The multi-layered competition over the online space

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In the digital age, the capitalist system is suffering a fundamental change in its functioning since the value it creates has intrinsically changed. This change is unfolding in social networks in which relationships between sellers and buyers are being transformed into a new and strange association between suppliers and users centered on search and information. Amazon, Google, Facebook and Apple have been currently ranked as top four giants that animate large parts of these networks molding them in different forms and shapes. Their business models commoditize the human time and experience in the form of content and Information in contrast to traditional commodification of goods and ownership of property. The service they provide has a merely informational nature and is driven by users’ activities.

Whether the digital experience consists on individual random search, booking flights, reading articles, buying books, writing comments, downloading music, or interacting with friends and colleagues, the user behavior is subject to data collection and analysis and is subsequently filtered, sorted, packaged and sold to businesses who are seeking marketing information, consumer attention and better product differentiation. These incommensurable historical accounts of personalized activities became the commodities over which these mega-techno-suppliers are competing.

The arms used in the competition to control and monopolize the digital sphere are ideas in the forms of patents, copyrights, trademarks, relationships and access. Each of the four giants is seeking to expand their supplier-user network and continuously inventing new services and technologies to lock users in, block the road on rivals and forcing the digital space to be fully dependent on their ideas. As a consequence of this highly intense and vibrant competition, their modus operandi to grow and survive has become highly complex and their strategic moves have become colossal and of unpredictable consequences.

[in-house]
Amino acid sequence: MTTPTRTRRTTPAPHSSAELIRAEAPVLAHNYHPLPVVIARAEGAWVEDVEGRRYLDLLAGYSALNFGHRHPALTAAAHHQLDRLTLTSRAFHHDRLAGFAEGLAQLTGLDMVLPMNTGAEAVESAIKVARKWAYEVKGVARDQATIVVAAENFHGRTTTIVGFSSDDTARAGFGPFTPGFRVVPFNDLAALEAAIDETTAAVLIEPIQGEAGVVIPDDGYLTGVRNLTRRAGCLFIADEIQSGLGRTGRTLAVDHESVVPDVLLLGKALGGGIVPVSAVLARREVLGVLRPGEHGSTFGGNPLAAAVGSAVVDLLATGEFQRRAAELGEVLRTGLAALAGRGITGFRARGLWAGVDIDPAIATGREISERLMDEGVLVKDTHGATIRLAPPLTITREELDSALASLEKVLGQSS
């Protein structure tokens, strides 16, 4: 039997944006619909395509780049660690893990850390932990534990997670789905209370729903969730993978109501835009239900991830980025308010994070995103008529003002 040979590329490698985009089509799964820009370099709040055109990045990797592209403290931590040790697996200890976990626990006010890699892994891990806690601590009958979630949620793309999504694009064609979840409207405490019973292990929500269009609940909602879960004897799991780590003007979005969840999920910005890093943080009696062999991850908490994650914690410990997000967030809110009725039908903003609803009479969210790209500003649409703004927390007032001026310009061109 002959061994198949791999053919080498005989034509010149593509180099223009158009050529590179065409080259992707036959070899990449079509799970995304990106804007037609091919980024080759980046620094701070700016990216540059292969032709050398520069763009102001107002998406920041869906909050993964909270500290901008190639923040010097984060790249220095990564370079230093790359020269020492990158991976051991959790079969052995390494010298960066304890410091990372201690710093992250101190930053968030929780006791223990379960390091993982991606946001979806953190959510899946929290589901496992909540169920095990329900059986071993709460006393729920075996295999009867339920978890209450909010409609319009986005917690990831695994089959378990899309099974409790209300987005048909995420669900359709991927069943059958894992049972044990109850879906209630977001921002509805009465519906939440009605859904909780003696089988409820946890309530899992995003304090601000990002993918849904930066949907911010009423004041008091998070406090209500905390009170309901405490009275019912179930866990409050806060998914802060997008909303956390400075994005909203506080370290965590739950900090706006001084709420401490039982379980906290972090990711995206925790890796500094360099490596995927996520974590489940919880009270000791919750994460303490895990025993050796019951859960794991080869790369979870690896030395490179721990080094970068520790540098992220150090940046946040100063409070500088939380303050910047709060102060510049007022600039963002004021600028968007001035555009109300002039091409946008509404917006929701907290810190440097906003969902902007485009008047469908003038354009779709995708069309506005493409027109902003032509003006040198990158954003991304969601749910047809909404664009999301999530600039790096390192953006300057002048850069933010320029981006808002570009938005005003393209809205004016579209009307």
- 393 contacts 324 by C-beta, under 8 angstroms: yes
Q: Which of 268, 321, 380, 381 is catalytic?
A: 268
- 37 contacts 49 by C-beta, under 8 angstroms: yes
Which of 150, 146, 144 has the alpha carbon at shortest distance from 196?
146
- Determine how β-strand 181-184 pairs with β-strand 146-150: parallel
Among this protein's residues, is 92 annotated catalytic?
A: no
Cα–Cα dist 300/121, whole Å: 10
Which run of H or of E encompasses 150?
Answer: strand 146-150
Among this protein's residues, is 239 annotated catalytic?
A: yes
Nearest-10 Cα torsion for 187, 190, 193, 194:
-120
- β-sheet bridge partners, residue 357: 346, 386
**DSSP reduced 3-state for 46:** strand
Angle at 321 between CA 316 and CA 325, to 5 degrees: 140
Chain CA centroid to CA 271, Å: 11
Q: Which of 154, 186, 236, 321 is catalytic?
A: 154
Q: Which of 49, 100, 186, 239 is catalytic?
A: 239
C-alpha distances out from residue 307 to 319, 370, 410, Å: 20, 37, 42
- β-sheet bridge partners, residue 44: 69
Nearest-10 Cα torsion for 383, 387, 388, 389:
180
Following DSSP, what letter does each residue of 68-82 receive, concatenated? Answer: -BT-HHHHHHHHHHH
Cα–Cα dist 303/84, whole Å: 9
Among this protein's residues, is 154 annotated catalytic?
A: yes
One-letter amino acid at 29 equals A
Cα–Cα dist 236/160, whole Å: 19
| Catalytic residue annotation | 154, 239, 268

The evolvement of these business models is somewhat phenomenal. Each of the four giants has originally started with a base-business-model yet they are all endeavoring to get into different business areas attacking each other from different directions. This is in fact blurring the classical boundaries that separate the industries.

Although they operate in the same environment, all four companies come up with completely different service propositions. Over the last five years they have been developing high sense of creativity, originality and uniqueness however, they have adopted the same key strategic doctrine that energies their business models; System Lock-In, a strategic option that has the widest scope, the extended enterprise comprising the firm itself, its customers, suppliers and complements (App developers, Handset Makers, Carriers etc.). A System Lock-In strategy has to start with a full corporate scope not just for one product and business. Also, it has to actively pursue the identification and incorporation of all the key external players to make them complementors (Android with Google, Intuit with Apple). The central focus will remain the customer but the enterprise is extended to the fullest. The richness and depth of complementors’ support lock the service into the system and lock-out competitors. This has to be achieved in two goals; to develop and appropriate the industry standards - that is what Google and Apple did when they became the number one search engine in the world and the global leader in the smart phone industry- and to own unique and vast distribution channels; both Google and Apple entered the mobile applications industry and currently leading it in a very rough competition.